Processing: Baby corn can be processed to improve its shelf-life. Main processing methods which can be used to improve the shelf-life are canning, dehydration and freezing. Canning is the most commonly used method for baby corn  processing because it can be stored for months together for transport to far off places. Dried baby corn can be packed in polythene pack/vacuum pack/tetra pack and can be stored well for longer period. Products developed using dried baby corn have been found to be acceptable organoleptically like those prepared from fresh baby corn. Baby corn can be frozen and stored for long period like other frozen vegetables. Preparation like soups and vegetables prepared from frozen baby corn as acceptable as preparation made from fresh baby corn.

Storage: Refrigerate immediately to retain sweetness. Low temperatures reduce the rate of the conversion of sugar to starch. De-husked baby corn can be refrigerated for up to one week without losing its quality. It should be stored at 50 -7 0C, with a relative humidity of 90 per cent. Baby corn can also be frozen. Also, place husked baby corn in boiling water or steam.

Quality Standards: The minimum quality requirementsin all classes subject to the special provisions for each class and the tolerance allowed for the cobs of baby corn. Its colour should be creamish or light yellow. It must be whole, fresh in appearance, free of rotting or deterioration such as to make them unfit for consumption, clean, practically free of any visible foreign matter; free of abnormal external moisture, after packing, excluding condensation following removal from cold storage, free of any foreign smell or taste, free of pests or damage caused by pests affecting the general appearance of the produce. The cut that is made on the base of the cobs must be clean as the slight discoloration of the cut surface due to storage is unacceptable. Its trimming should be neat and leave no scars on ear. The baby corn must be correctly harvested, post harvest handled, storage and transported in order to obtain quality produce in satisfactory condition at the place of destination.

Labelling: Each package must bear the particulars, in the documents accompanying the shipment, in the label or on package, with legibly, indelibly marked and without false or deceptive information regarding  nature of the produce. If the produce is not visible from the outside, each package shall be labeled with the name of the produce i.e. “Baby Corn”, class, size (optional), net weight in grams or kilograms, information of  distributor i.e. name and address of the producer or packer or  distributor or head office of producer in the country, name and address of importer for imported baby corn, origin of produce, country of origin, except if  it is produced for domestic distribution, date of packing, language of label of produce for domestic markets must be in national or regional languages. Produce label for export can be in language of the exporting country.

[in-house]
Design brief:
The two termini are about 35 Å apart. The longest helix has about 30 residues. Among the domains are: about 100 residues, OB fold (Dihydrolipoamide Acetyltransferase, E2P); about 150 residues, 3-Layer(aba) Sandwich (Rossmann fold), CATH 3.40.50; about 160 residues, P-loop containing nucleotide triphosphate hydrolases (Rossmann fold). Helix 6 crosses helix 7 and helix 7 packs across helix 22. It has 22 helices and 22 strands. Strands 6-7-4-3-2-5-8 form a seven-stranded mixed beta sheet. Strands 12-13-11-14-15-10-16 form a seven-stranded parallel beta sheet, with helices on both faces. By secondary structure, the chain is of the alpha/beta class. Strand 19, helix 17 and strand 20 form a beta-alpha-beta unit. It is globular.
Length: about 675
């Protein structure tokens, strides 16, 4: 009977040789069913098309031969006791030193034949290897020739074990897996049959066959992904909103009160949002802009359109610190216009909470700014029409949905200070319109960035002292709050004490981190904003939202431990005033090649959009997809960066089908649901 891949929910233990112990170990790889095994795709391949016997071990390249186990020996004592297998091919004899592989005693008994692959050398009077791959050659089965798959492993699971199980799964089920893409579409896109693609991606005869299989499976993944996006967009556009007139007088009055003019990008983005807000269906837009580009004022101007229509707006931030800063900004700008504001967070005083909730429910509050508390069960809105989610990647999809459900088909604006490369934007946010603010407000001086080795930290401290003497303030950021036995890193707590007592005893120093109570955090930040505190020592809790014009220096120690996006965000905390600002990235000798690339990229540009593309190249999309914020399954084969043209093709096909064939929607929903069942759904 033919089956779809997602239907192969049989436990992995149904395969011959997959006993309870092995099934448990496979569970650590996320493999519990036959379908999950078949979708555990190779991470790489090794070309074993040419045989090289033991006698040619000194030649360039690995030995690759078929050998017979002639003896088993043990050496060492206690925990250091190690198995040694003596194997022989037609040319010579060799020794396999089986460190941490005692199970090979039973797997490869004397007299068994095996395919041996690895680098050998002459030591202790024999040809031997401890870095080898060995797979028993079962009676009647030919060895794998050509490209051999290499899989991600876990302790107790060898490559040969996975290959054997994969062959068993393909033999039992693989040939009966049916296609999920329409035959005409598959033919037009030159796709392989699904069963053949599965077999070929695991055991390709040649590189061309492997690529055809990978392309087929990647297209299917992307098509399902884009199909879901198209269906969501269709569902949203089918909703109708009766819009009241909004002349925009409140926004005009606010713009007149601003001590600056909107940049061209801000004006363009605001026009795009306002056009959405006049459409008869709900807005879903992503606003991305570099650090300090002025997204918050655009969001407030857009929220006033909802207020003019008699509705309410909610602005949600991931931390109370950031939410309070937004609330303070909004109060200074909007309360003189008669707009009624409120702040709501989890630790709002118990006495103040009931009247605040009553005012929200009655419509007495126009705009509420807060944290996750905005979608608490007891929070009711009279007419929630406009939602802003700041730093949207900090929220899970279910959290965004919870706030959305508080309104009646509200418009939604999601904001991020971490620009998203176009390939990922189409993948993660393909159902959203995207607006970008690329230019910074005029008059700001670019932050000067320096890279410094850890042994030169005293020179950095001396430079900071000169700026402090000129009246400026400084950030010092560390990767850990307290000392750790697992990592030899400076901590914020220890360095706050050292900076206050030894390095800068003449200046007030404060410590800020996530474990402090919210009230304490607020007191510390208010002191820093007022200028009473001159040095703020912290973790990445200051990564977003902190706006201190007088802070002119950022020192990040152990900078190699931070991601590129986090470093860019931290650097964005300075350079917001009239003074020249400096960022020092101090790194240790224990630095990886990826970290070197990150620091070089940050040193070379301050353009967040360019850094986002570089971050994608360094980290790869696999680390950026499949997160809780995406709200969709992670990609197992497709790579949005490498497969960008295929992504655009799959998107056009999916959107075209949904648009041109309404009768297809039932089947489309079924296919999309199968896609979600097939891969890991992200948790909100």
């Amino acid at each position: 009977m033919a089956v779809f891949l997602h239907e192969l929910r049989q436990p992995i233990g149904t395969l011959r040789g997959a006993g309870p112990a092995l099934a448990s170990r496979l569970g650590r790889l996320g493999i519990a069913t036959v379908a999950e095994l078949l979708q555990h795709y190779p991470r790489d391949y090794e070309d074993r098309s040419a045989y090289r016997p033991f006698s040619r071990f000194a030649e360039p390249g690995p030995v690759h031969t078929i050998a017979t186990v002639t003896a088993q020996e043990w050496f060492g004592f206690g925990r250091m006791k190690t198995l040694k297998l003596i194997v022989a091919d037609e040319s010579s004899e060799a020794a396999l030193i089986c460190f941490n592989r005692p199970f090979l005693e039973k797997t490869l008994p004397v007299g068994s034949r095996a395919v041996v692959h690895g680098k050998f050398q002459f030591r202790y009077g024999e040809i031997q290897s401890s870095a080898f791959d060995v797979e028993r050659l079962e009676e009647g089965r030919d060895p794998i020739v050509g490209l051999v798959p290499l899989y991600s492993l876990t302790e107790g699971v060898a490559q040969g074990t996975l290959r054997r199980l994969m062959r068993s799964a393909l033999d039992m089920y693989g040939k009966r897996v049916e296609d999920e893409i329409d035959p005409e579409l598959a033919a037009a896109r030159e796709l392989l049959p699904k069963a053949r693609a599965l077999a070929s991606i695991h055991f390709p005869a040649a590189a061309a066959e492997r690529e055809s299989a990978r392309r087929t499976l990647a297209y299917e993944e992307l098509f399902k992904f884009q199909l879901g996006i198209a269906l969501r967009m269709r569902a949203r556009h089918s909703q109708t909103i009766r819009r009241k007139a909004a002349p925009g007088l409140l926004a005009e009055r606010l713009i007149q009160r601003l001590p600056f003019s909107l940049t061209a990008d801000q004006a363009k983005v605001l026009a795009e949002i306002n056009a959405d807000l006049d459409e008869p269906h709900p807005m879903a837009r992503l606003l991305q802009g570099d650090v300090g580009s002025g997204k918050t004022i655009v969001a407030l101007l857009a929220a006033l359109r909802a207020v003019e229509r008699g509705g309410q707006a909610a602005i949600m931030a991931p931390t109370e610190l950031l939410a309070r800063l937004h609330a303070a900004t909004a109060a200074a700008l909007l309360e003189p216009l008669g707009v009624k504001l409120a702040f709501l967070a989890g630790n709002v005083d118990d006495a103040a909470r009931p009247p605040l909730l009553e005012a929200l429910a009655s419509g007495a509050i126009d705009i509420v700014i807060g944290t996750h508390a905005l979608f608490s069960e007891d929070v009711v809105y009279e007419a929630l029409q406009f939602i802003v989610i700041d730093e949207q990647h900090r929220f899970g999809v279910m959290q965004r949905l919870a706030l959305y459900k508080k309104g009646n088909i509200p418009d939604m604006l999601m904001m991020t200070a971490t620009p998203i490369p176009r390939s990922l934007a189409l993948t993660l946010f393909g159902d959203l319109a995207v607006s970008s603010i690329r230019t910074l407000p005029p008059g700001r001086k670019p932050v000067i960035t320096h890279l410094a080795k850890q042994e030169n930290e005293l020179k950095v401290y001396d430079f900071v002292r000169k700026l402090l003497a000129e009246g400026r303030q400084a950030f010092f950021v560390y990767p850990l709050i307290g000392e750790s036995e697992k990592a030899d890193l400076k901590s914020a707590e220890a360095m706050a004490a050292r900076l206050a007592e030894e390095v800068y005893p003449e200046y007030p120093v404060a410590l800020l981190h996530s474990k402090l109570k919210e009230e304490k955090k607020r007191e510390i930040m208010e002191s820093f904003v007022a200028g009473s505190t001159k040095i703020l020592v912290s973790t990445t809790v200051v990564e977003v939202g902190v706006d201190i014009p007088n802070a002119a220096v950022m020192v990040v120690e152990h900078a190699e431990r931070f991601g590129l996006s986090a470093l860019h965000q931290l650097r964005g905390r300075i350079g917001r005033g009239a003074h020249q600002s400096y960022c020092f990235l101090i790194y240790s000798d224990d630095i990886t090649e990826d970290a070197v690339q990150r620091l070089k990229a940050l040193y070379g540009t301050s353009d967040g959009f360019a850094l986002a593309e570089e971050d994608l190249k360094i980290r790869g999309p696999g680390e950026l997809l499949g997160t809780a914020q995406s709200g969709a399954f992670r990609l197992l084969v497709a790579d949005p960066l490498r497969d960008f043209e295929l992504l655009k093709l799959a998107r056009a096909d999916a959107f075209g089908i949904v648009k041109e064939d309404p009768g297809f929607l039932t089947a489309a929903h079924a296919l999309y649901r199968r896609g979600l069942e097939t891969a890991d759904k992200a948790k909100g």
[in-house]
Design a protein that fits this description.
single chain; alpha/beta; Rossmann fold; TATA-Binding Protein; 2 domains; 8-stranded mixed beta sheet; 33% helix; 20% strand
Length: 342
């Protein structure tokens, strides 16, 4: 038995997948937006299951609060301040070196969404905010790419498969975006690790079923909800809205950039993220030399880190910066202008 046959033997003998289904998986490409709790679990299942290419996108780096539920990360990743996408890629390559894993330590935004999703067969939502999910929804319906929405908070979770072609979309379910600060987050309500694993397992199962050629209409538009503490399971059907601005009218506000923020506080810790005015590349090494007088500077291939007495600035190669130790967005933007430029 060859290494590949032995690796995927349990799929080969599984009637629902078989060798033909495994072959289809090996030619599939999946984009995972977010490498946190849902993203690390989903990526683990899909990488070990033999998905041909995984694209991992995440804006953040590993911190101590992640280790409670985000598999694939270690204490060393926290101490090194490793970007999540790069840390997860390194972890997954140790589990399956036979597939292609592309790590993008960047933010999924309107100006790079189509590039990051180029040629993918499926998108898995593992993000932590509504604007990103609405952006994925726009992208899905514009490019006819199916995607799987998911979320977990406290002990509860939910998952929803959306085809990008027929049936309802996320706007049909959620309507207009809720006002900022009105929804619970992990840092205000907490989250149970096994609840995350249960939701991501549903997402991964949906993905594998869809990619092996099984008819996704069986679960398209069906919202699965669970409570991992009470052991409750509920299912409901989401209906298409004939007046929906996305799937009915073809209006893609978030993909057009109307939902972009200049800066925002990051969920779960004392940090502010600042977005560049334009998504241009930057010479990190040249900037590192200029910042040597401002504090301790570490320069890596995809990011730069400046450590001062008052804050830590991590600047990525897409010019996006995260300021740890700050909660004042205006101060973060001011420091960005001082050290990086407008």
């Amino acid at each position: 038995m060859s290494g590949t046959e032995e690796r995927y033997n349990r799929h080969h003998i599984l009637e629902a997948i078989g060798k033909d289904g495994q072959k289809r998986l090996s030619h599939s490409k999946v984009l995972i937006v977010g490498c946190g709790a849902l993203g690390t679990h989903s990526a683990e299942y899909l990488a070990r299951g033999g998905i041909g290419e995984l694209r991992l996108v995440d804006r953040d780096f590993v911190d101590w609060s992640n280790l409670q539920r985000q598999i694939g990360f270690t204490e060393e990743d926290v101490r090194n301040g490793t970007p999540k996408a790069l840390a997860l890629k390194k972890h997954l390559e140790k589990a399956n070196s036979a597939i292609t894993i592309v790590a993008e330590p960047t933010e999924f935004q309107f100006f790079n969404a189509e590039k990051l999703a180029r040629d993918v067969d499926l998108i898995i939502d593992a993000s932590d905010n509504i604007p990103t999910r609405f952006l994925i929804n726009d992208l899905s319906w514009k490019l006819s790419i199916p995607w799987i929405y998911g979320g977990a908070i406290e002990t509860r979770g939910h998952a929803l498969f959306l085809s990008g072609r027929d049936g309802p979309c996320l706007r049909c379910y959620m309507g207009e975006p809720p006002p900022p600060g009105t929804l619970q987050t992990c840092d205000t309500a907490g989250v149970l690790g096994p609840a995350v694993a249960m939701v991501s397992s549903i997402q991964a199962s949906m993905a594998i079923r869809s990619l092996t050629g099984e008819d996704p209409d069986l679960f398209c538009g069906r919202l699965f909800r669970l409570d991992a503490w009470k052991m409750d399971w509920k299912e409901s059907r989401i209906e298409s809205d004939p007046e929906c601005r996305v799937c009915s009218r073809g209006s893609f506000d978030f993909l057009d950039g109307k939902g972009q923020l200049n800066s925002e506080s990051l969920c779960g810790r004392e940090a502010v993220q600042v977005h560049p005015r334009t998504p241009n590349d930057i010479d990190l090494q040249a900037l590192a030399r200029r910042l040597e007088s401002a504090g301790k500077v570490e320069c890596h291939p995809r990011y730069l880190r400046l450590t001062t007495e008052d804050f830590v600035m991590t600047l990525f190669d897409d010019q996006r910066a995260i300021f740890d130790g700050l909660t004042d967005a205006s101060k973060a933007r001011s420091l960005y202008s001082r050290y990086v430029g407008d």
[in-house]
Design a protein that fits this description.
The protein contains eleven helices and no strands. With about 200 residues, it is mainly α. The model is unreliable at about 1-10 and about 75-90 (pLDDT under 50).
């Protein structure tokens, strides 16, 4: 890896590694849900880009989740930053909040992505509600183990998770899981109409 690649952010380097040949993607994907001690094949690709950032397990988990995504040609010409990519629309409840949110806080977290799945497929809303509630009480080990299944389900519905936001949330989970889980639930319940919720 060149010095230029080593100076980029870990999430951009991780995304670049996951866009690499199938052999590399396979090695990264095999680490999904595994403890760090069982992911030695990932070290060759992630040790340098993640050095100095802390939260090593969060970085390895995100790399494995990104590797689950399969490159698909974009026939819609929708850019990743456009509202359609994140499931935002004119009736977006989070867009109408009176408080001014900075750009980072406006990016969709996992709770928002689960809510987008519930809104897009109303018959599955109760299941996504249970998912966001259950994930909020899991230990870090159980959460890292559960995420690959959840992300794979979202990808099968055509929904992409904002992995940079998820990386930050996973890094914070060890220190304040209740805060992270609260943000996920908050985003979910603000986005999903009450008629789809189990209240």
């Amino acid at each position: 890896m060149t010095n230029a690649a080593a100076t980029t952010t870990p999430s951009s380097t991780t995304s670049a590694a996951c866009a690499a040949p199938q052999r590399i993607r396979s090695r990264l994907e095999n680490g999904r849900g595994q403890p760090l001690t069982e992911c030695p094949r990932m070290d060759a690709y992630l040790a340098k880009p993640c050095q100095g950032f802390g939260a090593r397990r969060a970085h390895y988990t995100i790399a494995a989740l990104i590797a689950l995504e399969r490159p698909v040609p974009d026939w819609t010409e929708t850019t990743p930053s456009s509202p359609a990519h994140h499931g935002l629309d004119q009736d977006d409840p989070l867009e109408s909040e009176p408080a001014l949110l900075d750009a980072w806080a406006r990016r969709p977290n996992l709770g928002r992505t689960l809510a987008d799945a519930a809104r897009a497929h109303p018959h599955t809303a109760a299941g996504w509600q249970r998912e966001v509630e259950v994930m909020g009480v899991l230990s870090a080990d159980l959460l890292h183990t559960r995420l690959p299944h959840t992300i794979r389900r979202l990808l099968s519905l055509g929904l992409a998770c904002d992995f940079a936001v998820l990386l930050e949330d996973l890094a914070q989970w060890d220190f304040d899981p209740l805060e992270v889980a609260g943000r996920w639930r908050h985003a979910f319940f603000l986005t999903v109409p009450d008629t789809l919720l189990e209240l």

The post harvest management of baby corn in India is, however, far from satisfactory. The major constraints include inefficient handling at field and transportation levels. Further, the other major constraints are poor technologies for storage, processing, packaging, grading and infrastructure. There is an immediate need of taking action in order to upgrade systems and to reduce the levels of post harvest losses in India.

Summary

Post harvest management determines quality, safety, competitiveness of the produce in the market and the profits earned by producers. Post harvest technology includes various operations such as de-husking, grading, packaging, transportation, storage and processing. The major constraints include inefficient handling at field and transportation levels. Further the other major constraints are poor technologies for storage, processing, packaging, grading and infrastructure. Baby corn can be processed to improve its shelf-life. Main processing methods which can be used to improve the shelf-life are canning, dehydration and freezing.

Contributed By:

Dr. S.K. Chauhan, Sr. Technical Officer, Hort. Division, KAB-II, ( ICAR HQ), Pusa

Campus, New Delhi-110012. E-Mail: [email protected]

Dr. Dharmendra Singh, Sr. Scientist, Division of Genetics, IARI, New Delhi-110012.

 

2 Responses to Baby Corn : Post Harvest Management and Value Addition

  1. Vasant R Shah says:

    I Want to farming of Baby Corn.I also visit nearest place of Baby Corn Plant.